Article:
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2019 BMC Hematology

15. Red blood cell transfusions are associated with lower mortality in patients with severe sepsis and septic shock: A propensity-matched analysis

Red blood cell transfusions are associated with lower mortality in patients with severe sepsis and septic shock: A propensity-matched analysis PEDSCCM.org Criteria abstracted from series in Review Posted: founded 1995 Questions or comments?

2017 PedsCCM Evidence-Based Journal Club

16. Effect of Short-Term vs. Long-Term Blood Storage on Mortality after Transfusion

Effect of Short-Term vs. Long-Term Blood Storage on Mortality after Transfusion PEDSCCM.org Criteria abstracted from series in Review Posted: founded 1995 Questions or comments?

2017 PedsCCM Evidence-Based Journal Club

17. Association of Blood Donor Sex and Prior Pregnancy With Mortality Among Red Blood Cell Transfusion Recipients. (PubMed)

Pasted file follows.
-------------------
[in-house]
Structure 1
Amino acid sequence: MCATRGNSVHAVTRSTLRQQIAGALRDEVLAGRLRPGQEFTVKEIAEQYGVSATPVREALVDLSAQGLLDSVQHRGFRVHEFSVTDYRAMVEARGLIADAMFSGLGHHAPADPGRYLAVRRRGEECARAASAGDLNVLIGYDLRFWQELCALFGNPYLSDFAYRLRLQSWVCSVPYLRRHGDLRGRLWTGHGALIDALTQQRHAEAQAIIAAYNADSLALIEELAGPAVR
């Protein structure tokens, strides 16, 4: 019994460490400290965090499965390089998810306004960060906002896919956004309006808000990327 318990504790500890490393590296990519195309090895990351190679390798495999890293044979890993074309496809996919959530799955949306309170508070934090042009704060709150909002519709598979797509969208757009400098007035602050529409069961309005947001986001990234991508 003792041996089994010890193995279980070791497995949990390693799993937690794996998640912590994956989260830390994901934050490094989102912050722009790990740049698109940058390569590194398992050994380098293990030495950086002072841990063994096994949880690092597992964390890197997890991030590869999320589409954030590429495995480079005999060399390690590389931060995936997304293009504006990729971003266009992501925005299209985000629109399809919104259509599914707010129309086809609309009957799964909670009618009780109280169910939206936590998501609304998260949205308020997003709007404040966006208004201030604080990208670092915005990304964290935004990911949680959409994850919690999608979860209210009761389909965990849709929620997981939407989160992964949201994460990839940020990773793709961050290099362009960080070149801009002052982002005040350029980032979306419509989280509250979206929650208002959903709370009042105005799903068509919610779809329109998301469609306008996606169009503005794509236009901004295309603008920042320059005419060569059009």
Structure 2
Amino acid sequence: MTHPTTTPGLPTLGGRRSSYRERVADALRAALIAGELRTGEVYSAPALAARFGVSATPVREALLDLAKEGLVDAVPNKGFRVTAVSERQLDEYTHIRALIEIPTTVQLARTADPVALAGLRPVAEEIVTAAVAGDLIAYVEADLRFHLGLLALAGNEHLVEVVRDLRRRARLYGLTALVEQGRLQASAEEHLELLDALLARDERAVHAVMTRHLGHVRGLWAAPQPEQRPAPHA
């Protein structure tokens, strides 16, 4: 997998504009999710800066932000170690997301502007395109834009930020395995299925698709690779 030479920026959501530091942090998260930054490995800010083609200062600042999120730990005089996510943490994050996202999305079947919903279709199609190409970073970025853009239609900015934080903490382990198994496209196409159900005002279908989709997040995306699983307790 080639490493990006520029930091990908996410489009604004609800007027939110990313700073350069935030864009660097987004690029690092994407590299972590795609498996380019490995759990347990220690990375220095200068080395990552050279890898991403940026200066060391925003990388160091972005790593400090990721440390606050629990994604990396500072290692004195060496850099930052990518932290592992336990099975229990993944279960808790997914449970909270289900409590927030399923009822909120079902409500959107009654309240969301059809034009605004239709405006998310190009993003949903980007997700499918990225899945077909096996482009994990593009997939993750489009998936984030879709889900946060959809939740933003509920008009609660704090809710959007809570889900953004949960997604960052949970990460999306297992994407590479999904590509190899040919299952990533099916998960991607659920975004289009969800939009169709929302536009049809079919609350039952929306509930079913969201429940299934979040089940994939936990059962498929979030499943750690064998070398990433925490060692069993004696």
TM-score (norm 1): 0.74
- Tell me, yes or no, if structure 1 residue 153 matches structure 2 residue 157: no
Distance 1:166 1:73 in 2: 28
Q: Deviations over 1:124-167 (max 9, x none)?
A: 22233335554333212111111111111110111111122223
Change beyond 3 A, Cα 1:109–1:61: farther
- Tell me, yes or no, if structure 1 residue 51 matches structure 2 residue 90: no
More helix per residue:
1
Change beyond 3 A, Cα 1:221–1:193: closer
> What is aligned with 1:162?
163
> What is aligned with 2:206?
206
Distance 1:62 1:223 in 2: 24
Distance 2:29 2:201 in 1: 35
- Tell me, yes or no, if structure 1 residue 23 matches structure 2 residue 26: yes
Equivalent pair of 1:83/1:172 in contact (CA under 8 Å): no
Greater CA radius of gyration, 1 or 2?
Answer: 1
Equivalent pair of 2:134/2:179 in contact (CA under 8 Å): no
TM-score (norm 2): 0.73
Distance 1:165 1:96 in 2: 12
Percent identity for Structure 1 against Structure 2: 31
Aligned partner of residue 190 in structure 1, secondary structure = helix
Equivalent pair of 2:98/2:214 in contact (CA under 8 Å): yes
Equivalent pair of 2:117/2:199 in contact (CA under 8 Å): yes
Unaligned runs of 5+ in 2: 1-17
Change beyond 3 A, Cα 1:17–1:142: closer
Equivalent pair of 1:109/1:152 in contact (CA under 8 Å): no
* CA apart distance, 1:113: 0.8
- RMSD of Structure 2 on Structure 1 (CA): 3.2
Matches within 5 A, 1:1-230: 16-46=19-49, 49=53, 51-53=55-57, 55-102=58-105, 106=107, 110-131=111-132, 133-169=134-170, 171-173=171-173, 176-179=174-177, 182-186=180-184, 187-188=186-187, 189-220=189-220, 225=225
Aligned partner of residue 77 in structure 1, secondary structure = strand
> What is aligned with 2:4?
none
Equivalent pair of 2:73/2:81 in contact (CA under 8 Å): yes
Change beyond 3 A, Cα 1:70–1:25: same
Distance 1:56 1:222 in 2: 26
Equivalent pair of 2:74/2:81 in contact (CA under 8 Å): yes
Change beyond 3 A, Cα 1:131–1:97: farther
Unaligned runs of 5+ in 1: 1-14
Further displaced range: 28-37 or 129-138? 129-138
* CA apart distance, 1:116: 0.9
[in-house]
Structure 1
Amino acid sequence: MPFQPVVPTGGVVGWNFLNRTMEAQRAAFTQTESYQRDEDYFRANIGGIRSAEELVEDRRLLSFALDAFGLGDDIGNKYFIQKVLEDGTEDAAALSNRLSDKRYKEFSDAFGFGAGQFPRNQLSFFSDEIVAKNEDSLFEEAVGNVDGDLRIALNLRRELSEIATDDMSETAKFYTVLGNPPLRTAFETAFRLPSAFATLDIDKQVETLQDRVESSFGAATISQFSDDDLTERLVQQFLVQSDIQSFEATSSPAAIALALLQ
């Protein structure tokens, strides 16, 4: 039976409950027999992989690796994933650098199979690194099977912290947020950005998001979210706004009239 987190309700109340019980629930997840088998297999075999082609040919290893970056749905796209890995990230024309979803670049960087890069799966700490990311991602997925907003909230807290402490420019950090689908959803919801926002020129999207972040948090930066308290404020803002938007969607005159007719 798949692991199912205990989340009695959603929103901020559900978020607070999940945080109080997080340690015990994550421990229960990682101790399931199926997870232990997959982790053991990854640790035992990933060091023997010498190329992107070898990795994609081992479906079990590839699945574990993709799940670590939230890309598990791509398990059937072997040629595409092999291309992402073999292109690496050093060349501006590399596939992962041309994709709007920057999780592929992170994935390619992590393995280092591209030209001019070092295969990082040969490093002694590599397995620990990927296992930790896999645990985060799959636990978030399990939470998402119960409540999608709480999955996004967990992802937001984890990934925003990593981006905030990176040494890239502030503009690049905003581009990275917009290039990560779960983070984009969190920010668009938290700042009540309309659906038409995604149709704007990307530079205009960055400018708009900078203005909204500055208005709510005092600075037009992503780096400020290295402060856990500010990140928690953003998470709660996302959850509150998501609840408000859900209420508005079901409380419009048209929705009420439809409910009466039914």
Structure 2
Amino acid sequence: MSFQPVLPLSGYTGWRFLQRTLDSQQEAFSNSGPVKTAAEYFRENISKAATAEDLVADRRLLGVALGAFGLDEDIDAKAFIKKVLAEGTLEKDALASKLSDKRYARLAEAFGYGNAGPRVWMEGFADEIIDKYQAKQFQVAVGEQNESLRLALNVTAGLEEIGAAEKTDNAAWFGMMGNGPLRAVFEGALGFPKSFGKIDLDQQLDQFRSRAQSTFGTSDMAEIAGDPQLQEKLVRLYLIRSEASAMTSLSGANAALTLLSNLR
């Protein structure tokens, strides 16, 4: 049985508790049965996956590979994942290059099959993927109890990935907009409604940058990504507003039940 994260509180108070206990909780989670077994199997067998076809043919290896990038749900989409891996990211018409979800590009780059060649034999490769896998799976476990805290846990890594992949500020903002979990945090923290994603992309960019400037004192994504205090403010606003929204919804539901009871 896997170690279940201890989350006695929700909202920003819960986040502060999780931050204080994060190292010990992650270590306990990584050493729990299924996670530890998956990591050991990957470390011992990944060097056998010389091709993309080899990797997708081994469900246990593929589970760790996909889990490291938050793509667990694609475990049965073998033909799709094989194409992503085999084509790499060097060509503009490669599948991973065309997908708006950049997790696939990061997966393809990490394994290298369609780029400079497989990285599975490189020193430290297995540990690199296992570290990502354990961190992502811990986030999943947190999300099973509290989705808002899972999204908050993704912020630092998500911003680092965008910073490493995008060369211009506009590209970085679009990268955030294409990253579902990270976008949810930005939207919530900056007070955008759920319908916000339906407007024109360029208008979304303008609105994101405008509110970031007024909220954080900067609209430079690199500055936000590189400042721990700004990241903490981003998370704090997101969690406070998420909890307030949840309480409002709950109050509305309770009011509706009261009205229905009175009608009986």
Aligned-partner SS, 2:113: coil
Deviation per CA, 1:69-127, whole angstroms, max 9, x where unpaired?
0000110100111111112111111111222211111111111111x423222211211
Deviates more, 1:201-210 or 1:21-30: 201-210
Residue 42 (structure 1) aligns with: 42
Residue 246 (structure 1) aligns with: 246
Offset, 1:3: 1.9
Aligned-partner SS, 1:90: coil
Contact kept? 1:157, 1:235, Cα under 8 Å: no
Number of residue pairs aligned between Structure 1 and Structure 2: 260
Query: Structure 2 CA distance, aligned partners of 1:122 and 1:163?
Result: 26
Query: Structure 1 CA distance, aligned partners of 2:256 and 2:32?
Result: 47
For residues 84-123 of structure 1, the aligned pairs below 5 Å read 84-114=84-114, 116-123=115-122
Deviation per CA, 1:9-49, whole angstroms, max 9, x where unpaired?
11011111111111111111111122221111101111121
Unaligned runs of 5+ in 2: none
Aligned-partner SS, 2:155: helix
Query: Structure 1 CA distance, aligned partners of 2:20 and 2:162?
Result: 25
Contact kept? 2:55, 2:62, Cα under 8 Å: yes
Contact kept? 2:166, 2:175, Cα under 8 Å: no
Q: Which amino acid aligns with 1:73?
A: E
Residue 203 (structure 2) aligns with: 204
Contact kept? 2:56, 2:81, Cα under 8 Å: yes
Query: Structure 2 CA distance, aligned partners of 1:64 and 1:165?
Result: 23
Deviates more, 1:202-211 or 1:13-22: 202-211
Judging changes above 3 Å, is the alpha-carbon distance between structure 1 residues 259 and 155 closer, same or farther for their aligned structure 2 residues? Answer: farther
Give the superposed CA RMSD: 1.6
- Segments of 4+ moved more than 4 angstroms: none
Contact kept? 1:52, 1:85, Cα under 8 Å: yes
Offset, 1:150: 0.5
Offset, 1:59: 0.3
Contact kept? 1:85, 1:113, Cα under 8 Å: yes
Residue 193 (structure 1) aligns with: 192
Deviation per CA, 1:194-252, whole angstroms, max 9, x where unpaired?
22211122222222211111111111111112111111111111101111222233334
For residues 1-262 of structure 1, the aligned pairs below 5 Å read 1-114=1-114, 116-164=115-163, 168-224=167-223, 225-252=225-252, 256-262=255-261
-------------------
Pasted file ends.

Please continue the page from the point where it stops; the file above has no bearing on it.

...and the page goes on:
Association of Blood Donor Sex and Prior Pregnancy With Mortality Among Red Blood Cell Transfusion Recipients. Evidence regarding associations of blood donor sex with mortality among red blood cell transfusion recipients is conflicting.To study associations of donor sex and prior pregnancy with mortality of transfusion recipients.Data from 3 retrospective cohorts of transfusion recipients (the Kaiser Permanente Northern California [KPNC] and Recipient Epidemiology and Donor Evaluation Study-III (...) [REDS-III] databases of data from January 2013 to December 2016 and the Scandinavian Donations and Transfusions [SCANDAT] database with data from January 2003 to December 2012) were analyzed. Final dates of follow-up were December 31, 2016, for the KPNC and REDS-III cohorts and December 31, 2012, for the SCANDAT cohort. Stratified Cox regression models were used to estimate associations between donor exposure groups with risk of mortality, adjusting for the number of red blood cell unit